12 October 2021

Carbon Drawdown

Christina Giudici

Making biochar is one of the ways that we can combat climate change. How?


In order to take carbon out of the atmosphere, we need to:

– capture it,

– stabilise in, and

– store it long term.


Nature does the capture part, through the miraculous process of photosynthesis. This uses the energy of the sun, plus water and a few minerals from the soil, to transform atmospheric carbon dioxide into sugars which are used to build the bodies of plants.

The bodies of plants are eaten by insects, animals, humans, and the teeming soil life when plants die and are broken down. Eventually the carbon compounds in plants are mostly broken down and find their way back into the atmosphere again. This is part of the carbon cycle. Some carbon is diverted into soil organic carbon, and can last as humus for some years in that form.

Biochar can take the parts of the plants that are not used, eg straw after a grain harvest, waste wood after timber milling, even food scraps and organic waste, and stabilise the carbon in them through pyrolysis.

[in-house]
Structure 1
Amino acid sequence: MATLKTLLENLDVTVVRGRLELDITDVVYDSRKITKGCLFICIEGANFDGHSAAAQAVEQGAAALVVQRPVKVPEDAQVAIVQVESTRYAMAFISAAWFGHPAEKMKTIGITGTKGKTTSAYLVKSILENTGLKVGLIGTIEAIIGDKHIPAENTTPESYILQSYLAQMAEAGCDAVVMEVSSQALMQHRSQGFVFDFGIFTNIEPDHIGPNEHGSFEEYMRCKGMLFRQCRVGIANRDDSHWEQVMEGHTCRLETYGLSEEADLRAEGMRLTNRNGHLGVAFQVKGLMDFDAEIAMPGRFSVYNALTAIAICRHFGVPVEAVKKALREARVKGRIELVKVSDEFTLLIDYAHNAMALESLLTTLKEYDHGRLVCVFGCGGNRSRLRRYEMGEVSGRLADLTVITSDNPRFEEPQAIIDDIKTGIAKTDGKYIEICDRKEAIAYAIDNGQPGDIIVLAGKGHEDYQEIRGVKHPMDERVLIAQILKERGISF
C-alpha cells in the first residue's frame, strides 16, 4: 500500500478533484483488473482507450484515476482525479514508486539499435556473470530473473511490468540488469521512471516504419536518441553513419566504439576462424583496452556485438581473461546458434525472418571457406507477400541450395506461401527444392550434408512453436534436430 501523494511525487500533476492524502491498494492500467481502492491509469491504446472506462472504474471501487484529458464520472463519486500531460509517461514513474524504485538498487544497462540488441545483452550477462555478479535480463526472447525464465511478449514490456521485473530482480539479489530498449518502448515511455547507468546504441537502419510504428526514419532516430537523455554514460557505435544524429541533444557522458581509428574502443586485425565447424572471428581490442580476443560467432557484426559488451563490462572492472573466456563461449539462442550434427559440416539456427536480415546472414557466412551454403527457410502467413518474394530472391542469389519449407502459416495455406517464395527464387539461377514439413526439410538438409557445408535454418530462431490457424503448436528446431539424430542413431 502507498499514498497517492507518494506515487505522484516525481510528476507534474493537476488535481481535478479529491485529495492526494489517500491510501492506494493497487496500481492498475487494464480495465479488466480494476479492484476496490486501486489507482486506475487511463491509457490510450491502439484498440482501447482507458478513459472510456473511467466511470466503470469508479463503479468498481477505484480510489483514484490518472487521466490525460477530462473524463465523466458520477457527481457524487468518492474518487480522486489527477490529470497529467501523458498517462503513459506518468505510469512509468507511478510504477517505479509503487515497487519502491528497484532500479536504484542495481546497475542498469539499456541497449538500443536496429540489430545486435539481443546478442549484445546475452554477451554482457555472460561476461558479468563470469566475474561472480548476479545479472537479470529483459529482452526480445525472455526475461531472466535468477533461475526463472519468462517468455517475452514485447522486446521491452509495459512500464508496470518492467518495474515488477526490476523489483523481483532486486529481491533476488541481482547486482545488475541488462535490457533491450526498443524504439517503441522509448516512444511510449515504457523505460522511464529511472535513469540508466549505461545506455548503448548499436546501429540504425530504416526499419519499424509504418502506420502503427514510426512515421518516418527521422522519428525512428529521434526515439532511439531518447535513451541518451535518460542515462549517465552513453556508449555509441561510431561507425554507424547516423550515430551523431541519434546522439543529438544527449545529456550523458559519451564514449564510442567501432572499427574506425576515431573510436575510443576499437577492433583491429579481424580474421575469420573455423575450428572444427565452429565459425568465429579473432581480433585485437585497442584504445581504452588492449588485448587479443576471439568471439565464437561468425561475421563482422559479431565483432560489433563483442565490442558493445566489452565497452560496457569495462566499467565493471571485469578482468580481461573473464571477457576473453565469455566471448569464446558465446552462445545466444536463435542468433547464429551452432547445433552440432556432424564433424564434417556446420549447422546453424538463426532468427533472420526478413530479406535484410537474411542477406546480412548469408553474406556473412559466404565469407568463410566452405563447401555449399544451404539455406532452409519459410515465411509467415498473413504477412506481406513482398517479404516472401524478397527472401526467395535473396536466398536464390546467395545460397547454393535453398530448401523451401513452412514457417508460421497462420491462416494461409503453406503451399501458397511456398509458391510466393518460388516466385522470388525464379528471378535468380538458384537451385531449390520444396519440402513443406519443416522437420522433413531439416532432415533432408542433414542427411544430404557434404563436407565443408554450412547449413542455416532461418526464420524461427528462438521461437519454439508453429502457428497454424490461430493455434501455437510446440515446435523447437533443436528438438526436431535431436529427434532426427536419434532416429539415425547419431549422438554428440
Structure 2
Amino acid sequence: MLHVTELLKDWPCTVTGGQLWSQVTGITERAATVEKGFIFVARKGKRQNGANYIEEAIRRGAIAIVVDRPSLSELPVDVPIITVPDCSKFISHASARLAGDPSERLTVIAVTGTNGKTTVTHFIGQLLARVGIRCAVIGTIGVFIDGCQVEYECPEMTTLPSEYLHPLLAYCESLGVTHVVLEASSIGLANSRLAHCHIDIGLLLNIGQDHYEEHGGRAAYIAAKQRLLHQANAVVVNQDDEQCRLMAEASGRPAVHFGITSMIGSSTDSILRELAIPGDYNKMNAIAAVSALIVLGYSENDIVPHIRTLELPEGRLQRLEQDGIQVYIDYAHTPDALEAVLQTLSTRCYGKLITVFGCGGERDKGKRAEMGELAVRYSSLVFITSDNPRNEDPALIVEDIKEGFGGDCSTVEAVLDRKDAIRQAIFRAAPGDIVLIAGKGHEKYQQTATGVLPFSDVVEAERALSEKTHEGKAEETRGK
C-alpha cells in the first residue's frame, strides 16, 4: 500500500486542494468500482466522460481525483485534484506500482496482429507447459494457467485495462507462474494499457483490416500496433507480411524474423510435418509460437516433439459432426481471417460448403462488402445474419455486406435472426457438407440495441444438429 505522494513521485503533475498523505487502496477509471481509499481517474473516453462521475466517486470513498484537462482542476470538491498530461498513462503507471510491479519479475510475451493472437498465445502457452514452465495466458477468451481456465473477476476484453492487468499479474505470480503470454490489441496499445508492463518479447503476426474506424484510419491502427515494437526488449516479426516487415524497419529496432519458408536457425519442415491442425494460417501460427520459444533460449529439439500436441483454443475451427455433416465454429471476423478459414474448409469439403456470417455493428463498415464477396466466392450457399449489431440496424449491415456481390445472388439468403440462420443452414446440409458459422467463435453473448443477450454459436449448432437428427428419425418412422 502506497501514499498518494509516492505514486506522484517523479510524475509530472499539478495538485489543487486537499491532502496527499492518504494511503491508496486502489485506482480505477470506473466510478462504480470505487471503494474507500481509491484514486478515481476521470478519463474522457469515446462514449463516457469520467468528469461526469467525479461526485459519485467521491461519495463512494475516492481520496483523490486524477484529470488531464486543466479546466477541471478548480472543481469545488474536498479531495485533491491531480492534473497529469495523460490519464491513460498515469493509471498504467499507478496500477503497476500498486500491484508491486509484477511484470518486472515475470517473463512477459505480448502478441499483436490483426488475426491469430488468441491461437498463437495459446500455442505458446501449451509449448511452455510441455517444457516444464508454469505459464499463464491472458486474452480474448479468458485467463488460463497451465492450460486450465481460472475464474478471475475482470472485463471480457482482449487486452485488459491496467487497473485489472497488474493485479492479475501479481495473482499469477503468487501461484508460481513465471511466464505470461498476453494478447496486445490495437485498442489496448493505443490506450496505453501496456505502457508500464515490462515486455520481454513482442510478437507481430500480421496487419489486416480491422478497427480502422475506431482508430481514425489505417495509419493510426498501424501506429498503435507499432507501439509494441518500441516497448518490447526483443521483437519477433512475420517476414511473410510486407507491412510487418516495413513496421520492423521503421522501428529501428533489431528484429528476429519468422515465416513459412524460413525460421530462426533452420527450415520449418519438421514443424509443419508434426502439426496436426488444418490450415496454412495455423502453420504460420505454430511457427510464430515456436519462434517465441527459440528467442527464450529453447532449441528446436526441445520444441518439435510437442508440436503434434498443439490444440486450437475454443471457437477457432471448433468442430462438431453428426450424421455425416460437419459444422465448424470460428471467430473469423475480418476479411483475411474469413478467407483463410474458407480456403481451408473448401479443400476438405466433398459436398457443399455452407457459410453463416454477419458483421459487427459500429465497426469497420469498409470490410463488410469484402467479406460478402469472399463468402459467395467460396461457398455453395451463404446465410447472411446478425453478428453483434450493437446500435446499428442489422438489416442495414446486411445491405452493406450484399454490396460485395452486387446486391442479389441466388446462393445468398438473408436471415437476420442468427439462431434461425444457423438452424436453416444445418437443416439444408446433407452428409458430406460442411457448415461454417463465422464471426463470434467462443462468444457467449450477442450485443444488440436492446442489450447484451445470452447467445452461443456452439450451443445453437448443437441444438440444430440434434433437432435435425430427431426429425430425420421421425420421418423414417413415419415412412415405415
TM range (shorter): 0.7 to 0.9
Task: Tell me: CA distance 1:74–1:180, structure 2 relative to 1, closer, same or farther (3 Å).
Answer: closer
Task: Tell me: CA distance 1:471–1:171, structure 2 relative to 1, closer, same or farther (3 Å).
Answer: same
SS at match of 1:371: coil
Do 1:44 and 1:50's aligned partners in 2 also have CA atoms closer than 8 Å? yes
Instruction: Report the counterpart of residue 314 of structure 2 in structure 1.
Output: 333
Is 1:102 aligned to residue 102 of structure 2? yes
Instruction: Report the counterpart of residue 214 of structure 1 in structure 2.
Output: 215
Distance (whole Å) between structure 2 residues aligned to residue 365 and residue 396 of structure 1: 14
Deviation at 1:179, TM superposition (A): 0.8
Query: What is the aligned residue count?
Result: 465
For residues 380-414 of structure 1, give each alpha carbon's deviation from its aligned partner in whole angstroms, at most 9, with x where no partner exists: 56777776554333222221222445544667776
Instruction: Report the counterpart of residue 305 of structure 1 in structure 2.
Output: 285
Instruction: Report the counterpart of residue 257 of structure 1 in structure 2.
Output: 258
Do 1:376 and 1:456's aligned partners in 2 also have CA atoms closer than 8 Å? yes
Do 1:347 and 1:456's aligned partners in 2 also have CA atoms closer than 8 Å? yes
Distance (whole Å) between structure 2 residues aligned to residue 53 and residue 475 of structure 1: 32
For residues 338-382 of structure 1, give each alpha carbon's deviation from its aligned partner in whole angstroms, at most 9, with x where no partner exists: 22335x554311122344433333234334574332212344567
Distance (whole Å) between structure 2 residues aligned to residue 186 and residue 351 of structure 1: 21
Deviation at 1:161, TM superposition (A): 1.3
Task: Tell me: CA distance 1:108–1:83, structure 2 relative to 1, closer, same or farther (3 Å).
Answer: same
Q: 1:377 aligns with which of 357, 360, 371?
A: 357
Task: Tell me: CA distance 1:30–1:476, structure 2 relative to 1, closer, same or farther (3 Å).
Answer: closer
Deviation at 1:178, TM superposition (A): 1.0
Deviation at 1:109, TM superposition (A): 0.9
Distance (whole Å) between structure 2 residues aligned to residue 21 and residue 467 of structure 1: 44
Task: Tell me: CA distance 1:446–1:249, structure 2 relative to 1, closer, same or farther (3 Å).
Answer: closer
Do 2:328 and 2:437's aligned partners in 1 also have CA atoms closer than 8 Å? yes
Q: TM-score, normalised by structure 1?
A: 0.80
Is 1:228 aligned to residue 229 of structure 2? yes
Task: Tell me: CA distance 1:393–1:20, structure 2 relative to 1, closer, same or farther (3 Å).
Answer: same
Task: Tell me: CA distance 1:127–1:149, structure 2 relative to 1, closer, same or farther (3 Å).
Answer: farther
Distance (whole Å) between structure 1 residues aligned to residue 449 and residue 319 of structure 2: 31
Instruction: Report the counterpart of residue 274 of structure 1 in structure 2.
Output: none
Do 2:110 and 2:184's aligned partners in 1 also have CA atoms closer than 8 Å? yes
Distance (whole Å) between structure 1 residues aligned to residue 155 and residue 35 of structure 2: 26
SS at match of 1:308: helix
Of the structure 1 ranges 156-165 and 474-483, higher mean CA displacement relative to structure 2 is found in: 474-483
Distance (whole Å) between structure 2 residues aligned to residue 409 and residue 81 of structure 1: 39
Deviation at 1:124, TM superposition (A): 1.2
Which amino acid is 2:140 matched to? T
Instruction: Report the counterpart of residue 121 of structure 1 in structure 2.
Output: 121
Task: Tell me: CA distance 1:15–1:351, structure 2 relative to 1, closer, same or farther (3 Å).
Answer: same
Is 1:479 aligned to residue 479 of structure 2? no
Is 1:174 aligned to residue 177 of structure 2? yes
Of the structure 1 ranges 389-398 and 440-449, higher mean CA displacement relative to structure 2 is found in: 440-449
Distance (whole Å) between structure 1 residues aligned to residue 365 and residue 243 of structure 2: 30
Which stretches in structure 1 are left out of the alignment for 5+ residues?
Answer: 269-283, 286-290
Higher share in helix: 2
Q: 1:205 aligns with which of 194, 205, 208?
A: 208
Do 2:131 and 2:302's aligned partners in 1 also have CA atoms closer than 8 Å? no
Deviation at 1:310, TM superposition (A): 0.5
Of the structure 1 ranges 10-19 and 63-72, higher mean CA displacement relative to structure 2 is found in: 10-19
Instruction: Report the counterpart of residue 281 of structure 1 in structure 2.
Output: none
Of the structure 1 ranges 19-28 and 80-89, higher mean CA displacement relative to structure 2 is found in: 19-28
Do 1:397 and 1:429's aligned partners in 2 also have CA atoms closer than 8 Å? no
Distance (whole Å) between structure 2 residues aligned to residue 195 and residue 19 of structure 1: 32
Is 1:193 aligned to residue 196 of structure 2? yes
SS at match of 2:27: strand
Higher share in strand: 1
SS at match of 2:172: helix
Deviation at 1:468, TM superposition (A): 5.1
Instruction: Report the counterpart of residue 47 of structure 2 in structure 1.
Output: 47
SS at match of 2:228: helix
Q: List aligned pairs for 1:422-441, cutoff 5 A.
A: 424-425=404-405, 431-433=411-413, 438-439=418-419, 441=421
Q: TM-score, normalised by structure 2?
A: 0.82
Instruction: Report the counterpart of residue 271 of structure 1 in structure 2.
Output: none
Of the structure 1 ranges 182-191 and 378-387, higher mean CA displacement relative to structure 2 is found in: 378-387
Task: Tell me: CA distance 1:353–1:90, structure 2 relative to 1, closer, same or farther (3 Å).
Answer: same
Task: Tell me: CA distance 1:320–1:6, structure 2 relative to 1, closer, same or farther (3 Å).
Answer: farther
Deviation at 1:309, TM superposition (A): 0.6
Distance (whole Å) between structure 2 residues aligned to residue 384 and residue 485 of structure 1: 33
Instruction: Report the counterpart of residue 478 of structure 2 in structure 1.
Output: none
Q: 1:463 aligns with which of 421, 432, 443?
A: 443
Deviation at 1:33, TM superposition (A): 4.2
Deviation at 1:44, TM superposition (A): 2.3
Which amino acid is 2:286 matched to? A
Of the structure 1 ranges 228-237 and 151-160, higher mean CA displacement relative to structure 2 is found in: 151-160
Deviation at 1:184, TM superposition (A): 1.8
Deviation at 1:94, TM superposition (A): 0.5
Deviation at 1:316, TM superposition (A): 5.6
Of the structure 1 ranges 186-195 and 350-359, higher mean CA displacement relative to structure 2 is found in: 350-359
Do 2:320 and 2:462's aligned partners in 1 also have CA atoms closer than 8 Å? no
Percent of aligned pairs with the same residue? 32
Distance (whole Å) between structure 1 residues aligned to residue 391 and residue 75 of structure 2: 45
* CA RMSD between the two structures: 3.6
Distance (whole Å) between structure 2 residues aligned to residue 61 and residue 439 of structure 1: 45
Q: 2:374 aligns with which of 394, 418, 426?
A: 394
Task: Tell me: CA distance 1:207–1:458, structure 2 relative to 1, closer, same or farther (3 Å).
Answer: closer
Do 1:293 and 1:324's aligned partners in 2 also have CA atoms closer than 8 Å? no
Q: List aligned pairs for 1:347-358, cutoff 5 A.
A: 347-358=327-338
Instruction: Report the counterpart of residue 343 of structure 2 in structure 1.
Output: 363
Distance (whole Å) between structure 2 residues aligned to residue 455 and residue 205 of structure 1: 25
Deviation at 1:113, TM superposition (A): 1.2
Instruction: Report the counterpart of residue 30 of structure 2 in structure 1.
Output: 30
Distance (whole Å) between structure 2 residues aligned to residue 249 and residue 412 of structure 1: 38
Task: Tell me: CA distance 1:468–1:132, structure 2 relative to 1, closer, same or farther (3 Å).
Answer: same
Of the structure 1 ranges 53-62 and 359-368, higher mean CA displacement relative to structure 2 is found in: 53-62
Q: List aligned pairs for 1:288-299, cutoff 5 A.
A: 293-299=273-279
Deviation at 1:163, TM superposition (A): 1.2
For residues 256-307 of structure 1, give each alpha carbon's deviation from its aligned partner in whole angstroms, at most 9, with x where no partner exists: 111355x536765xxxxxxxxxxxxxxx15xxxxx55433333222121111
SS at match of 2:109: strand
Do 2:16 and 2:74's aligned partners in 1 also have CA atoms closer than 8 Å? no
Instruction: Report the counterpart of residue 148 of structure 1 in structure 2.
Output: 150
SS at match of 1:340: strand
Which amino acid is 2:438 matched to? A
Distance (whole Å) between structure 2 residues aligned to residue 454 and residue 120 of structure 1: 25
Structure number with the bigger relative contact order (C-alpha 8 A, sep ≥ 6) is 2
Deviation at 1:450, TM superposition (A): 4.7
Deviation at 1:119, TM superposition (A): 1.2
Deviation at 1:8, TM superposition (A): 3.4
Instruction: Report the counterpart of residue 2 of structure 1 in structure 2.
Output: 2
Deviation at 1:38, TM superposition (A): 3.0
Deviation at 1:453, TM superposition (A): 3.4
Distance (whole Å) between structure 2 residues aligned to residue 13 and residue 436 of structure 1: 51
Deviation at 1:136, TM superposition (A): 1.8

During pyrolysis, all the ‘volatile’ organic compounds get driven off, together with water vapour, methanol, and eventually flammable vapours such as methane, hydrogen and carbon monoxide. In our particular technology these gases are captured and either fed back into the pyrolysis chamber, or condensed to make fuel for electric plant.

What’s left is a stable carbon matrix that is very porous. The many beneficial uses of biochar in agriculture usually mean that the biochar ends up in soil. Even when fed to animals, the biochar passes through the animal via their manure, and can continue to provide positive outcomes in manure handling, composting or incorporation into soil by dung beetles and other soil dwelling life.

Once in the soil, its stored there for good. Or at least for hundreds of years.

If biochar is used in building and industrial materials, eg as a cement replacement, or additive to bitumen, it is also stored at least for the life of the infrastructure.

This chain of capture-stabilise-store in which biochar plays a huge role is recognised by the Intergovernmental Panel on Climate Change (IPCC). The IPCC has recognised 6 technologies as Negative Emissions Technologies. ie they have the capacity to take atmospheric carbon out of circulation and store it safely. The biochar technology is known as PyCCS – Pyrolytic Carbon Capture and Storage.

The beauty of the biochar value chain is that we can be sequestering carbon long term, at the same time as generating heat energy for positive use, and creating a product that can enhance regenerative agricultural efforts and reduce the carbon footprint of building and industry. So many wins!